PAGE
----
Kirkintilloch to the Campsie Hills

The Forth and Clyde Canal follows roughly the same route as the Antonine Wall; the reason for this being simply that it is the shortest distance between the east and west coasts of Scotland. Before the Forth and Clyde Canal was built, ships wishing to get from the west coast to the east would have had to sail round the top of Scotland: a distance in excess of 482.8 km and a very arduous and dangerous journey especially in rough weather. The proposed line of the canal on the other hand was only 56.3 km long. Digging began at Grangemouth on the River Forth in 1768 and took 22 years to complete, finishing at Bowling on the River Clyde in 1790, where the company chairman poured a hog's head of Forth water into the Clyde. Commence along the tow path of the canal in a easterly direction. The canal goes on by way of Twechar, a small mining and quarrying village, and passes close to Barr Hill and Croy Hill, which have a Roman fort on each. This area possesses the best stretches of the Antonine Wall to be seen within a short distance from the canal. These Roman remains are easily accessible.

Leave the tow path and cross over the canal at the bridge which carries the road into the village of Twechar. Keep to the left side of the road for about 100 m then you will see a track going off to the left. Take this for 400 m up a long hill until a covered circular concrete reservoir is reached, then take the path to the left, through a gate and on another 50 m to Barr Hill Fort. From here there is a very good view of the canal and the surrounding countryside below. After returning to the tow path at Twechar, continue east, and very soon Auchinstarry is reached. The canal passes under the B802 (the Kilsyth to Cumbernauld Road) at Auchinstarry, and is spanned by a non-opening bascule bridge.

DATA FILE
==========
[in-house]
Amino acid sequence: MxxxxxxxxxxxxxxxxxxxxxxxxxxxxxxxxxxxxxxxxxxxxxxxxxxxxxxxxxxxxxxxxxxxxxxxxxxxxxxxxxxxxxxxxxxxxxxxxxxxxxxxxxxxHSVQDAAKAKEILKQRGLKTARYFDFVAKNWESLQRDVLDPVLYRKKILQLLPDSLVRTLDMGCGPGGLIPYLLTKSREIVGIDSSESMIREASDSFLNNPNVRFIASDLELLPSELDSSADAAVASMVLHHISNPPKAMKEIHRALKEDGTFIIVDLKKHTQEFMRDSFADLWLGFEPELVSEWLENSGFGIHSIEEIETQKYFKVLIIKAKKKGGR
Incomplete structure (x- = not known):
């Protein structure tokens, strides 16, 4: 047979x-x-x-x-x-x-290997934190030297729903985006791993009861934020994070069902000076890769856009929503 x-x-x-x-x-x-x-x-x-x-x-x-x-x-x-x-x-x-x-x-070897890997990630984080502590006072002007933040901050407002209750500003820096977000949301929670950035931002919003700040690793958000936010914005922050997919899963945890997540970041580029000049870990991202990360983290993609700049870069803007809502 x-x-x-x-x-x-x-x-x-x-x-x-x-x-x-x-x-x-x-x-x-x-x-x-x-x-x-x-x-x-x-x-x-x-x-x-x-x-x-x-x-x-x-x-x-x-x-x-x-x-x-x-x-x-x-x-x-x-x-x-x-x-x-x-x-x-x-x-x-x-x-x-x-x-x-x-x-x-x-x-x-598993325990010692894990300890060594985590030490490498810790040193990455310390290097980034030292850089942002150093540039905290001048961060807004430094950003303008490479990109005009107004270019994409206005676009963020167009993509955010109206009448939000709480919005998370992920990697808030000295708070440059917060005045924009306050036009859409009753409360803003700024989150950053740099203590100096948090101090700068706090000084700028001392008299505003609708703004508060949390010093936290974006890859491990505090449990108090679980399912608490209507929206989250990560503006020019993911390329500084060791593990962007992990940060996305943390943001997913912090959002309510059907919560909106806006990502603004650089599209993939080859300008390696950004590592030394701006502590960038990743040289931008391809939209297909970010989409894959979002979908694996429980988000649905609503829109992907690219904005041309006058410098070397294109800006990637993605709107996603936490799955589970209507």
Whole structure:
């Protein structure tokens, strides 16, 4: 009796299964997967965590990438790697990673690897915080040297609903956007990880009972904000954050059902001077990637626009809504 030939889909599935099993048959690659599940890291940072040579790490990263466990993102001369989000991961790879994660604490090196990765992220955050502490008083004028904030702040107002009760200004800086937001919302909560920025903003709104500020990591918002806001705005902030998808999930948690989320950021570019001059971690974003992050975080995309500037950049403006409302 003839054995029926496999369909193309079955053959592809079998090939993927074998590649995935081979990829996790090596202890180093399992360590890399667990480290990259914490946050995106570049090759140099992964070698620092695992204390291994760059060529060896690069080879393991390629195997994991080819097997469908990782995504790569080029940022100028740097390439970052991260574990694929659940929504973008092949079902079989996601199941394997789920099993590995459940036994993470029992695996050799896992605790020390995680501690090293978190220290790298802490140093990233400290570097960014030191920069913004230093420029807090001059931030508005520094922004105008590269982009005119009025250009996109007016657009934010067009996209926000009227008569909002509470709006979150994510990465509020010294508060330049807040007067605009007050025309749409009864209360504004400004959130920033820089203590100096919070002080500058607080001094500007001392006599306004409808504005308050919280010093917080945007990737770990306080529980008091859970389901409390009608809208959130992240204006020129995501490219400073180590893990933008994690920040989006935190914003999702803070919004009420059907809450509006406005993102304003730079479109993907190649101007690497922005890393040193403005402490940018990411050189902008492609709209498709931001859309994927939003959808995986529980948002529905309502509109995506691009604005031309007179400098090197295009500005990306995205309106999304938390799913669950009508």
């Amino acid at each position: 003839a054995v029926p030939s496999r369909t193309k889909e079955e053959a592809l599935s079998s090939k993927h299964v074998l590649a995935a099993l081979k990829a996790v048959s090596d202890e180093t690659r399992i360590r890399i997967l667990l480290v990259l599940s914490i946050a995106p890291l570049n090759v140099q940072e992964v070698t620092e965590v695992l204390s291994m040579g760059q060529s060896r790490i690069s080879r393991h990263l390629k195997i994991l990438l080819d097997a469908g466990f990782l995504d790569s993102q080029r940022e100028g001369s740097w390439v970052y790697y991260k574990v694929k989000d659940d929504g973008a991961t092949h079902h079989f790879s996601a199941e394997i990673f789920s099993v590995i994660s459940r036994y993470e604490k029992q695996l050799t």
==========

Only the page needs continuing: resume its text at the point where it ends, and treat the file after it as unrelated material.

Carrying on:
Some 300 m away in the direction of Kilsyth is a disused quarry which has been turned into a leisure area by Kilsyth and Cumbernauld District Council. The floor of the quarry is under water, forming a small loch surrounded by landscaped areas in the foreground with the backdrop of the 30.5 m high whinstone face exposed behind. This is also worth a visit, and, as there is a picnic area, it is an ideal spot for a welcome break. On for about another 2.5 km to Craigmarloch, where the canal crosses the road to Dullatur. This is where the main source of water enters the canal, the inlet being right beside the road and running in a lade from Banton Loch 1.5 km away to the north. The loch is reached from the canal and the route continues, firstly by turning north for about 800 m, to the A803, the Kilsyth to Falkirk Road.

On reaching the A803 turn left and follow this road for about 400 m, taking care here for it can be busy, then turn right into Colzium Country Park, the entrance of which is signposted. On entering the park carry on along the road for another 400 m to Colzium House. Banton Loch can be reached by turning right on to a track just before the park car park is reached.

Great Days Out in Kilsyth

While passing through Kilsyth, why not stop off and visit the World Heritage Site of the Antonine Wall, which is the actual remains of the original wall built to keep the Picts out of Roman territory.

The historic burgh of Kilsyth is also home to the picturesque Burngreen park, which has something for everyone. Burngreen Park has trampolines, tennis courts, a football pitch and putting for both children and adults. Dumbreck Marsh is also a short drive away, and features some fascinating wildlife.

Tel: 01236 616436

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